Actually they get capped on day 8, so on day 6 the larvae is really big. but let’s say it was a month ago, that the egg was laid. It would have emerged 16 days after that (let’s say around the 26th) and should be laying about 14 days after that (around the 9th) but the drop dead date (the date at which she will not lay workers anymore if it takes that long to mate) is 21 days after she emerged which is the 16th (five days from now). A frame of eggs and open brood is good insurance in the meantime…

http://www.bushfarms.com/beespanacea.htm
http://www.bushfarms.com/beesmath.htm


#4

Thanks Mike. I guess I’m being too impatient. I’m waiting for a good weather day to go back in again.

If the split is able to provide, I’ll put some eggs across back into the main hive, if there is still no sign of her. Otherwise, I’ll try and get a friend to give me a frame.


#5

So an update…

I checked on the bees today (14 Sept) and the queen in the main hive is now laying! Woohoo (there was a little capped brood and a fair bit of larvae). I still haven’t managed to identify an egg. with or without glasses.

I still have a couple of questions though.

i) There are about 6 or 7 queen cells (cups and uncapped larger cells) in the main hive. I couldn’t see any larvae in them and so I’m not sure whether they are the previous swarm cells that haven’t been dismantled yet or if they are new cells being used to prepare for a swarm. The nuc still has the two queen cells that I transferred into there, so I’m confident these ones have not been dismantled. How do I tell whether the ones in the main hive are being used or are obsolete?

ii) The brood quantity in the nuc is low and patchy. Is this likely because it’s a smaller colony and so laying too many would stretch their resources or is there likely something up with the queen?


#6

They definitely have plenty of space. They are drawing new comb and have a couple of empty frames to work on.The flow hive is on top and has honey (50%) and empty cells.


#7

Can you keep the updates coming please? It’s really interesting. And would like to know what happens with both hive & nuc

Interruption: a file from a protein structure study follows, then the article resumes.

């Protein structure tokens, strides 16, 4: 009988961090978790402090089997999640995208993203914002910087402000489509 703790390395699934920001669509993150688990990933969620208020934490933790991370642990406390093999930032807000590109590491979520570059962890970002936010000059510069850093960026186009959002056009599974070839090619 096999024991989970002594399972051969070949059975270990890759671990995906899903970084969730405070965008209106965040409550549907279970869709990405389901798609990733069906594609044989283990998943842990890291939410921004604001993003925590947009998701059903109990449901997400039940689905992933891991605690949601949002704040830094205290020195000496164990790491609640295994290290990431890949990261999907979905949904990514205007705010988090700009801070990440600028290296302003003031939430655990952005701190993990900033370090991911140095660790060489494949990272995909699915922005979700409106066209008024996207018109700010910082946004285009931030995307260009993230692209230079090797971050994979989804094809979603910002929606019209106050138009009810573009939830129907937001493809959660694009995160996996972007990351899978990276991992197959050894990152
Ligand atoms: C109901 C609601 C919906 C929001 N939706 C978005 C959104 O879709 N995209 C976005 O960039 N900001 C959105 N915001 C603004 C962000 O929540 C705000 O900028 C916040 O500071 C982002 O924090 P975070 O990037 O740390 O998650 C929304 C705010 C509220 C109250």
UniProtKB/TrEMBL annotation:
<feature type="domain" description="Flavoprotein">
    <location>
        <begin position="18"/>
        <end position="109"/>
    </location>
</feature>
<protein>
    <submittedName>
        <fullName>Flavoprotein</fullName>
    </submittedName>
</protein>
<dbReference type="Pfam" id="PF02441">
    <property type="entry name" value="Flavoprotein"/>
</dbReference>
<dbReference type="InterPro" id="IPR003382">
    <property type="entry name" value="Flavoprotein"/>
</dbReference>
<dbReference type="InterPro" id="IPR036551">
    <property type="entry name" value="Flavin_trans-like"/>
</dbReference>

#8

Here are the queen cells that i believe are old ones not being used…


#9

Duncan, if you’re having trouble finding eggs, what about taking some close ups of the frames, perhaps with some light behind, then you can look for them in photo? Can enlarge to see closer?


#10

I think I’ll try that.

This last inspection was really good in terms of not upsetting the bees and so I felt ok setting the frame aside to photograph. I was surprised how good a picture my phone took.


#11

Nice & sharp, bet you’ll find some! Can you find a helper to take them while you hold frame even?


#12

Those look like more than just queen cups. They look like a cell. I don’t see a larvae in them, but I’m guessing there is one…


#13

Am I best to cut one out to check if there is a larvae?

With the previous swarm cells I had, the larvae were pretty obvious. I had a good look into these with the sun over my shoulder and couldn’t see anything.


#14

One word. Flashlight.


#15

So i went in today and the queen cells had not grown and i used a torch to double check and there were no larvae.

Also got a good photo of the queen in the split…


#16

There are lots of uncapped worker larvae in your second photo, and as you did your split on 15th August, you must have a laying queen there.

Very pretty queen in your third photo! :blush:


#17

For next time… would it make sense to cut out the queen cells once the virgin queens have hatched, so that I can tell more easily if they are building new queen cells, or just leave them be?


#18

I went in again today and there were still plenty of queen cells but no larvae in them. I cut them all out so that i will know next time.

It looked like a pair of queen cells had been built on a fresh frame of comb and so i think these were new but still no sign of life in them. Do they ever build queen cells and not use them?


#19

All the time. Also known as “play cups” :blush:


#20

Or lets play a prank on the guy in the big white suit cups.